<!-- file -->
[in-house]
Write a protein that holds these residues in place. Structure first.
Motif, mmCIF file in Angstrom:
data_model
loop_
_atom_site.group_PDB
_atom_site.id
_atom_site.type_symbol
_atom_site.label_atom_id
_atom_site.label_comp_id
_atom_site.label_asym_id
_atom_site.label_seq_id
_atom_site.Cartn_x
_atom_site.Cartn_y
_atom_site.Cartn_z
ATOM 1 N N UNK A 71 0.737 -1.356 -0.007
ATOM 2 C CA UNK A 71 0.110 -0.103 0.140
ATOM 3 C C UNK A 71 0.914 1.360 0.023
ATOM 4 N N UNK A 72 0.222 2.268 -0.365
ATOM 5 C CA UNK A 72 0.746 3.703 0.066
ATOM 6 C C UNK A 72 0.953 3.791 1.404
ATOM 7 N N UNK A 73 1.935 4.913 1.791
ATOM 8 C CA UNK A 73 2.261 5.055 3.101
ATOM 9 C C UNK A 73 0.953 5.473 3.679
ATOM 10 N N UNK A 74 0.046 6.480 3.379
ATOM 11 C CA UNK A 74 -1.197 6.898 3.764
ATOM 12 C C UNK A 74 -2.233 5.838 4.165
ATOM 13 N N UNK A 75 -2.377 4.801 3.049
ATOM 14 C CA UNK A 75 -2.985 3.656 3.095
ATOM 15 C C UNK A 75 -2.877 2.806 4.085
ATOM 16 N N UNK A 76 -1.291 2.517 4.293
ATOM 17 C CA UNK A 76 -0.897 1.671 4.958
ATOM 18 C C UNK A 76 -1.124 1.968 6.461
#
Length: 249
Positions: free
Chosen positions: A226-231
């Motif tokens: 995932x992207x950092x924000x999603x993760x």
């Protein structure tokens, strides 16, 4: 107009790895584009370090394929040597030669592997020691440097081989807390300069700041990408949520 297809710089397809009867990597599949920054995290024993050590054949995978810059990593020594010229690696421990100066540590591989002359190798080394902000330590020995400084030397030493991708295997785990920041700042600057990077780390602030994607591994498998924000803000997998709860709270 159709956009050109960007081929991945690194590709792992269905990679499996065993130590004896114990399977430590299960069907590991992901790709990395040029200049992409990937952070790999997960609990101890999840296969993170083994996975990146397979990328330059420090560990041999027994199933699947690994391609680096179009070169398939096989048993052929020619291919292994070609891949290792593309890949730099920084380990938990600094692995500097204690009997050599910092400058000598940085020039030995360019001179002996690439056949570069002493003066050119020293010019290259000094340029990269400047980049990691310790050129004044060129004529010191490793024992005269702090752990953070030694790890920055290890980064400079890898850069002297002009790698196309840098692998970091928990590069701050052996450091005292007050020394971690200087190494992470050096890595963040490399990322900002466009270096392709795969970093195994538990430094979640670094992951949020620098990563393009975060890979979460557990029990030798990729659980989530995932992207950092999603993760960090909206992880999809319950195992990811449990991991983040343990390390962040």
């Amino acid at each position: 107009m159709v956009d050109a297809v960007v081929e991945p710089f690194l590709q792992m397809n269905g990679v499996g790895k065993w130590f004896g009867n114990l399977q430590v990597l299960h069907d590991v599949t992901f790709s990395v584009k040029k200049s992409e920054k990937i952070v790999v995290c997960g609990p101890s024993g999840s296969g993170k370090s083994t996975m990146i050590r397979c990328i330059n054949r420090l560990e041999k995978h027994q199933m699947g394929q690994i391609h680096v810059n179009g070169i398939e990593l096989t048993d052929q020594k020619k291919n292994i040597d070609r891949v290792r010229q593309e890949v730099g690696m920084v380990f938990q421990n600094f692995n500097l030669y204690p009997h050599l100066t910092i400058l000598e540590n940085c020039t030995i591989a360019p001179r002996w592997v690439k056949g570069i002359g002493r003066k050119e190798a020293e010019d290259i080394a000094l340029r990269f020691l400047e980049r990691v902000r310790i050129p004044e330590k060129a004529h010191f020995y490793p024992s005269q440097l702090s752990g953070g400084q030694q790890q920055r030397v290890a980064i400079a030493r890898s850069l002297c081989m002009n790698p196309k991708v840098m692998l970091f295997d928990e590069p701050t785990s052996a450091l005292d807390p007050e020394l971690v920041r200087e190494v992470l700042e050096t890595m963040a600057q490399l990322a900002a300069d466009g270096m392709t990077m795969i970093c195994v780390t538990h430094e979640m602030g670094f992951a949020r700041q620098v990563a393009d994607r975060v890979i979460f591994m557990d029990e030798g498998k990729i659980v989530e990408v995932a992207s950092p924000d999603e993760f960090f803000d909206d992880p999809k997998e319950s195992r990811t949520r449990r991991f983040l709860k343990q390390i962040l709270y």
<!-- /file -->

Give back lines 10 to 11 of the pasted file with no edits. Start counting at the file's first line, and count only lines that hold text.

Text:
_atom_site.label_comp_id
_atom_site.label_asym_id